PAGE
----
A nonprofit group has filed a lawsuit against the Food and Drug Administration (FDA) for what it calls invasive and prohibitive restrictions on sperm donors.
Cause of Action, a government accountability organization based in Washington, D.C., filed a lawsuit July 2 against the FDA on behalf of an anonymous San Francisco woman who claims the agency’s restrictions on consensual sperm donations infringes her rights.
In the lawsuit, filed in the U.S. District Court of Northern California, Cause of Action argues that the FDA’s regulations "are unconstitutional to the extent that they operate to regulate noncommercial, sexually intimate choices and activity protected by the rights to privacy, bodily integrity and autonomy, liberty, life, due process, and equal protection guaranteed by the First, Fifth, Ninth, and Tenth Amendments to the United States Constitution."
"We’re involved because this is an instance where a government agency is overstepping its bounds in an area that most people feel is sacrosanct," said Amber Abbasi, Cause of Action’s chief counsel on regulatory affairs.
The FDA’s policy treats individual donors the same as commercial entities such as a sperm bank or fertility clinic, even if they provide their services for free.
"Human cells and tissues intended for donation, transplantation, or transfer, such as reproductive tissues may be regulated … regardless of whether they are for sale or free of charge," FDA’s policy states.
The agency exempts people engaged in sexually intimate relationships from the standard, but the FDA’s jurisdiction over what exactly constitutes a "relationship" has drawn the ire of Cause of Action and "Jane Doe," the pseudonymous plaintiff.
"Doe" is a woman in a same-sex relationship who wants a child, but does not want to deal with the associated fees and red tape.
"A lot of people for many years have gone about these private arrangements," Abbasi said. "This is something that many people thought was fine until the FDA took this position that anyone who distributes human cells is an establishment that can be regulated."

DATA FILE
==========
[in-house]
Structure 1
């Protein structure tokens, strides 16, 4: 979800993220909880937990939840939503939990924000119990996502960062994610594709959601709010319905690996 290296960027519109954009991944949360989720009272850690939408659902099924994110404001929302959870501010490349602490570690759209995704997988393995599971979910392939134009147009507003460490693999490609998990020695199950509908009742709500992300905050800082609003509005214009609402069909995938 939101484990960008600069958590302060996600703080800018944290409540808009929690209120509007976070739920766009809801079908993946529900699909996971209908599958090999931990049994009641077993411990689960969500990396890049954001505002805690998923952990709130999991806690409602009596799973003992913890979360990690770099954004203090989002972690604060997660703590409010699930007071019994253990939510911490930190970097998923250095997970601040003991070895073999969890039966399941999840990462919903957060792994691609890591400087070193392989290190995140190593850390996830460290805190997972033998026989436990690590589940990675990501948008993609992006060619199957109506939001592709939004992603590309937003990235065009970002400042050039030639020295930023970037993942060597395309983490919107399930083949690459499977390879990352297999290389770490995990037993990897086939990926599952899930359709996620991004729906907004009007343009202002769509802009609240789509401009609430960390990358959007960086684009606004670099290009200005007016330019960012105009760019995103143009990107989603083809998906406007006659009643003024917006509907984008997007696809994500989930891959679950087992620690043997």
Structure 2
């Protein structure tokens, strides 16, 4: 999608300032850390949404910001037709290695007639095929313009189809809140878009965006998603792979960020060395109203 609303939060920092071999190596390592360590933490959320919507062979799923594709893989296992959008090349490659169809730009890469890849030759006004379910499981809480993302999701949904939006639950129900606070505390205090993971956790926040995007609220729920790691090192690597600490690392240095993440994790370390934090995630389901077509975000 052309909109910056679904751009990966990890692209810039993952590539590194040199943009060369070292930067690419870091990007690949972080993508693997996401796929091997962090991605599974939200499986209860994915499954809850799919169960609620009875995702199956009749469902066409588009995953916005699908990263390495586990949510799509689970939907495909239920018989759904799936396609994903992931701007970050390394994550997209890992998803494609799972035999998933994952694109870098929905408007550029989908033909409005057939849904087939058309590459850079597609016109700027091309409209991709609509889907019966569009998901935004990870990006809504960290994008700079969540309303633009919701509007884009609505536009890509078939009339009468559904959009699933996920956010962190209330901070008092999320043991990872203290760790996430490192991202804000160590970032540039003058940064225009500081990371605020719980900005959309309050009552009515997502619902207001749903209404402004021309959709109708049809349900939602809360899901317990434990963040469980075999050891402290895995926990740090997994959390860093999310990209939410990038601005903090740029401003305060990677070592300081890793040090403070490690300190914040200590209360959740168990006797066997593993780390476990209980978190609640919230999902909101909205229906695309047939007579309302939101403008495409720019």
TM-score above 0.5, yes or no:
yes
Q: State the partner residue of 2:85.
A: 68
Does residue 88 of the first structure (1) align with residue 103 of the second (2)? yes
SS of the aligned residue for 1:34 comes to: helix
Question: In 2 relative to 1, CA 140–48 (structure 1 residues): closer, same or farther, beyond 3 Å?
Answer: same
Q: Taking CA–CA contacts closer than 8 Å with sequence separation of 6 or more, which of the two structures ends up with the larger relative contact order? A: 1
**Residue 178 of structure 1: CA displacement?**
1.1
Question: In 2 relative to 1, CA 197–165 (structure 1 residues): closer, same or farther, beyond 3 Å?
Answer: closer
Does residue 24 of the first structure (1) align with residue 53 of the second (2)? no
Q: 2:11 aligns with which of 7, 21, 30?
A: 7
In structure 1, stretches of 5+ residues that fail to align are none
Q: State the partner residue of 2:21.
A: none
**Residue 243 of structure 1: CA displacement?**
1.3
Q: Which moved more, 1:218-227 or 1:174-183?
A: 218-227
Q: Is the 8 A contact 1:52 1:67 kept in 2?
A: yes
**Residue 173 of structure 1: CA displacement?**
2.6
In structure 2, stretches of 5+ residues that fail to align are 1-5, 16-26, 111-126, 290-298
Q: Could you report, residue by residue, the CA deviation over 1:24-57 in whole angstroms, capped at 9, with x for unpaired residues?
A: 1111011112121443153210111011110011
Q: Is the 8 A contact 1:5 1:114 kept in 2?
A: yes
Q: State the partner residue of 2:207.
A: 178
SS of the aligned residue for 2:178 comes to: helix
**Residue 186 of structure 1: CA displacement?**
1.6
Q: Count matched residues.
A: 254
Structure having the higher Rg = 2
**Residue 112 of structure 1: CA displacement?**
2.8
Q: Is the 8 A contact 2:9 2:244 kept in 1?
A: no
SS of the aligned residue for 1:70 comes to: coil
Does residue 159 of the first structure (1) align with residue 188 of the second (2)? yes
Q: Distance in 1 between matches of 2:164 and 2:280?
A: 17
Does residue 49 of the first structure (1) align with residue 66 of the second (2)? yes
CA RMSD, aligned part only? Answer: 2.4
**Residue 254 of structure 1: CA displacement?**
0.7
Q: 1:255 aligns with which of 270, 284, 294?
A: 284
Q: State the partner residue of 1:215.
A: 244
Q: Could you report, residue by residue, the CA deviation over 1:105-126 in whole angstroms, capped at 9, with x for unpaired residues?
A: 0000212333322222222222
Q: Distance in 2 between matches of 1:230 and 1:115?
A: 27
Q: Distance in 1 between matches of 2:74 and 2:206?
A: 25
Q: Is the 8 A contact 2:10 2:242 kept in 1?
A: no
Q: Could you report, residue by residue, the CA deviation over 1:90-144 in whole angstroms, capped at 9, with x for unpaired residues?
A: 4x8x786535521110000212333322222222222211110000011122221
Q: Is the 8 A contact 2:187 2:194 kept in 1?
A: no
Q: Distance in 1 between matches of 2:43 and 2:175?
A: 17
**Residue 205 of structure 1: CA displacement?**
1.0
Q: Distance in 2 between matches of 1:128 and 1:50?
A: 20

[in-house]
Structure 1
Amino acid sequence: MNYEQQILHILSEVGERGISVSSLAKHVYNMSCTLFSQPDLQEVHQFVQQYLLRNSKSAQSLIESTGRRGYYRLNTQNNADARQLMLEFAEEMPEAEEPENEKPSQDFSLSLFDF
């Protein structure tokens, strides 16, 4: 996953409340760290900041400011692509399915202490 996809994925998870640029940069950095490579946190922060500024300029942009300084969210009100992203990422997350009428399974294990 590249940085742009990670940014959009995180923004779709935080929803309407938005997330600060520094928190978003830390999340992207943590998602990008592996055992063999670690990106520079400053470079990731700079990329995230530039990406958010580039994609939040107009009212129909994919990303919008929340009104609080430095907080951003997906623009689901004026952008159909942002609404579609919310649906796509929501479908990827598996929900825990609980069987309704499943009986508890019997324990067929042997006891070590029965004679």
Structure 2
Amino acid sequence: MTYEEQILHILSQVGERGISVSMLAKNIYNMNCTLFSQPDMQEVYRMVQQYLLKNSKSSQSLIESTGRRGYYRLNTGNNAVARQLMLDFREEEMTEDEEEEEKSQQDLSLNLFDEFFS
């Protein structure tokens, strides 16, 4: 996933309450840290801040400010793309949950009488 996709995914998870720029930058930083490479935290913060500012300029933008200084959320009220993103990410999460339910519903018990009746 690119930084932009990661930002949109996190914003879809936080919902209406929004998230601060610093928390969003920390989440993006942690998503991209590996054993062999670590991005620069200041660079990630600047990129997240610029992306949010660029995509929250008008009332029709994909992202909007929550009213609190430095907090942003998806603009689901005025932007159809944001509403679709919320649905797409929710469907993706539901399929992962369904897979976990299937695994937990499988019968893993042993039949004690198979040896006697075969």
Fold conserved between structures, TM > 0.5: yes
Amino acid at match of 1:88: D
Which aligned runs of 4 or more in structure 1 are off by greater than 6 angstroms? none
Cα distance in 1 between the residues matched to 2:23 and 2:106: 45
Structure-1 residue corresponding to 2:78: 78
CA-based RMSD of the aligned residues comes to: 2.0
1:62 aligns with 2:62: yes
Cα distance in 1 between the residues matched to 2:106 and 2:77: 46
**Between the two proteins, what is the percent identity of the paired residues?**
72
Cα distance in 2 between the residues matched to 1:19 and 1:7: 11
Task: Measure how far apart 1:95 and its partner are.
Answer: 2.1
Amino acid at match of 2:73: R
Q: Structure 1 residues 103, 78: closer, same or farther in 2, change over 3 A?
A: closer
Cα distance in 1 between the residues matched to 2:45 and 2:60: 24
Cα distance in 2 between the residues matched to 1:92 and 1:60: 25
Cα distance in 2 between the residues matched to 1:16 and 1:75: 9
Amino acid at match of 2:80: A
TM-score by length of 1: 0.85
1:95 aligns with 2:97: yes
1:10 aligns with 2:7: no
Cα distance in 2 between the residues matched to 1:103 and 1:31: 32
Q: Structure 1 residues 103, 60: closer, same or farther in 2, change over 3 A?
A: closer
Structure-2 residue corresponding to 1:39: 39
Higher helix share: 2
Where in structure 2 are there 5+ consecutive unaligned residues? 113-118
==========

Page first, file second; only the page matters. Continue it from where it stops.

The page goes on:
The debate began last year with Trent Arsenault, a Bay Area man who donates his sperm free of charge to women.
The FDA slapped Arsenault with a "cease manufacturing" order last year for not following the agency’s regulations and threatened him with a $100,000 fine if he did not comply.
The agency has argued that its policy is meant to reduce the risk of disease transmission to both mothers and their potential children. Many bioethicists and health professionals agree.
"You may know your friend, but it is certainly possible your friend could not be telling you everything about what he does," Mitch Rosen, director of the UCSF Fertility Preservation Center, told the San Francisco Chronicle.
However, Cause of Action and others say that, in addition to privacy concerns, the regulations are exorbitantly expensive for private donors.
"The screenings for sexually transmitted diseases are all very specialized and expensive," Arsenault said in an interview with the Free Beacon. "It cost me about $1,500 dollars to get a test, so when I was donating four times a month I would have to get four of those tests done."
He is appealing the order. In the meantime, the agency has allowed him to continue donating. Arsenault has fathered 16 children so far via artificial insemination.
Arsenault, a virgin, said he understands the reasons for the regulations but thinks a compromise is in order.
"My whole lifestyle through being a virgin, it’s pretty unlikely I’d get an STD, but in the general population, you can’t really do that," he said. "I’d like to see some sort of compromise that isn’t overly regulatory."
That compromise might soon come about. A bill pending in the California legislature would require a donor to be tested only once if the recipient signed a waiver.
However, Abbasi said, even if the bill passes, the root problem of government overreach would remain.
"What the FDA is saying that, if you have to use artificial insemination, you have to follow the FDA-approved methods," she said. "It’s a serious infringement on individual rights. It’s the government going into your bedroom and making sure you’re procreating in a government-approved way."
The FDA declined comment.